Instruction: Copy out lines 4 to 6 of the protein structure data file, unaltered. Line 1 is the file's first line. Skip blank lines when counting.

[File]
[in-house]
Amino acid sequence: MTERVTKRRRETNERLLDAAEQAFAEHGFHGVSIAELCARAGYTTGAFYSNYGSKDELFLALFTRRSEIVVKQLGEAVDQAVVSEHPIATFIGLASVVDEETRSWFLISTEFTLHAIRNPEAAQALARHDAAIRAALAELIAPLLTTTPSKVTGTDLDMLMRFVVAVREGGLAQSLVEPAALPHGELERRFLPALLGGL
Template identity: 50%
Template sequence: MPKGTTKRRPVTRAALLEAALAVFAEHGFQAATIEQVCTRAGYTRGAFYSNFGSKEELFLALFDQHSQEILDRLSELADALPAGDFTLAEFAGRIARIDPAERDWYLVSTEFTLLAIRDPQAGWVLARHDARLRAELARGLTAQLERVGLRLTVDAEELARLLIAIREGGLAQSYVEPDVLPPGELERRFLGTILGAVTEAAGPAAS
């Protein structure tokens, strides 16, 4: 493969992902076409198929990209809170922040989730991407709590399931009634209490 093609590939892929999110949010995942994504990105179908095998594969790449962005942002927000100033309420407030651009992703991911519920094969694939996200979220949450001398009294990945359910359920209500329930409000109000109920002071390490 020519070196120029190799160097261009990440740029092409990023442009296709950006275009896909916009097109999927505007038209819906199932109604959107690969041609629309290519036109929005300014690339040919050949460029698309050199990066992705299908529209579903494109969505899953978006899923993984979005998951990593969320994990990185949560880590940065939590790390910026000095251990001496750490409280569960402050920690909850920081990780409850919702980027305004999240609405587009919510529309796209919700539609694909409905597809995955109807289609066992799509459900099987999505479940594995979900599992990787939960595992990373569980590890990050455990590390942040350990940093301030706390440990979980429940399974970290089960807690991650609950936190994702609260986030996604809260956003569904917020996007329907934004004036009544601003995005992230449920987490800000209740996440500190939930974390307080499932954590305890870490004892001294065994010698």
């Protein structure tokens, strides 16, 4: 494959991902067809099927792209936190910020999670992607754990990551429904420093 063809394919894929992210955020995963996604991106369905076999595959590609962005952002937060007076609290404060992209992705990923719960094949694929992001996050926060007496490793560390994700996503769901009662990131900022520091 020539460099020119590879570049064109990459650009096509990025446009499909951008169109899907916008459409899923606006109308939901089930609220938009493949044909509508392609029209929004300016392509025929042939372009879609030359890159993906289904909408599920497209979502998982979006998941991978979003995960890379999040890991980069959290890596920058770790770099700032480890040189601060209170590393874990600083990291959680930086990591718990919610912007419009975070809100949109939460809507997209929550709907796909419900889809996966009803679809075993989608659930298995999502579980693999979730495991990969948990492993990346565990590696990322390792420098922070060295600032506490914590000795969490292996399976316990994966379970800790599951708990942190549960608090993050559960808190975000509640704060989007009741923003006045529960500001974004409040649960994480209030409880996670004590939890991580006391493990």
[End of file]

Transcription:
Template sequence: MPKGTTKRRPVTRAALLEAALAVFAEHGFQAATIEQVCTRAGYTRGAFYSNFGSKEELFLALFDQHSQEILDRLSELADALPAGDFTLAEFAGRIARIDPAERDWYLVSTEFTLLAIRDPQAGWVLARHDARLRAELARGLTAQLERVGLRLTVDAEELARLLIAIREGGLAQSYVEPDVLPPGELERRFLGTILGAVTEAAGPAAS
């Protein structure tokens, strides 16, 4: 493969992902076409198929990209809170922040989730991407709590399931009634209490 093609590939892929999110949010995942994504990105179908095998594969790449962005942002927000100033309420407030651009992703991911519920094969694939996200979220949450001398009294990945359910359920209500329930409000109000109920002071390490 020519070196120029190799160097261009990440740029092409990023442009296709950006275009896909916009097109999927505007038209819906199932109604959107690969041609629309290519036109929005300014690339040919050949460029698309050199990066992705299908529209579903494109969505899953978006899923993984979005998951990593969320994990990185949560880590940065939590790390910026000095251990001496750490409280569960402050920690909850920081990780409850919702980027305004999240609405587009919510529309796209919700539609694909409905597809995955109807289609066992799509459900099987999505479940594995979900599992990787939960595992990373569980590890990050455990590390942040350990940093301030706390440990979980429940399974970290089960807690991650609950936190994702609260986030996604809260956003569904917020996007329907934004004036009544601003995005992230449920987490800000209740996440500190939930974390307080499932954590305890870490004892001294065994010698």
């Protein structure tokens, strides 16, 4: 494959991902067809099927792209936190910020999670992607754990990551429904420093 063809394919894929992210955020995963996604991106369905076999595959590609962005952002937060007076609290404060992209992705990923719960094949694929992001996050926060007496490793560390994700996503769901009662990131900022520091 020539460099020119590879570049064109990459650009096509990025446009499909951008169109899907916008459409899923606006109308939901089930609220938009493949044909509508392609029209929004300016392509025929042939372009879609030359890159993906289904909408599920497209979502998982979006998941991978979003995960890379999040890991980069959290890596920058770790770099700032480890040189601060209170590393874990600083990291959680930086990591718990919610912007419009975070809100949109939460809507997209929550709907796909419900889809996966009803679809075993989608659930298995999502579980693999979730495991990969948990492993990346565990590696990322390792420098922070060295600032506490914590000795969490292996399976316990994966379970800790599951708990942190549960608090993050559960808190975000509640704060989007009741923003006045529960500001974004409040649960994480209030409880996670004590939890991580006391493990």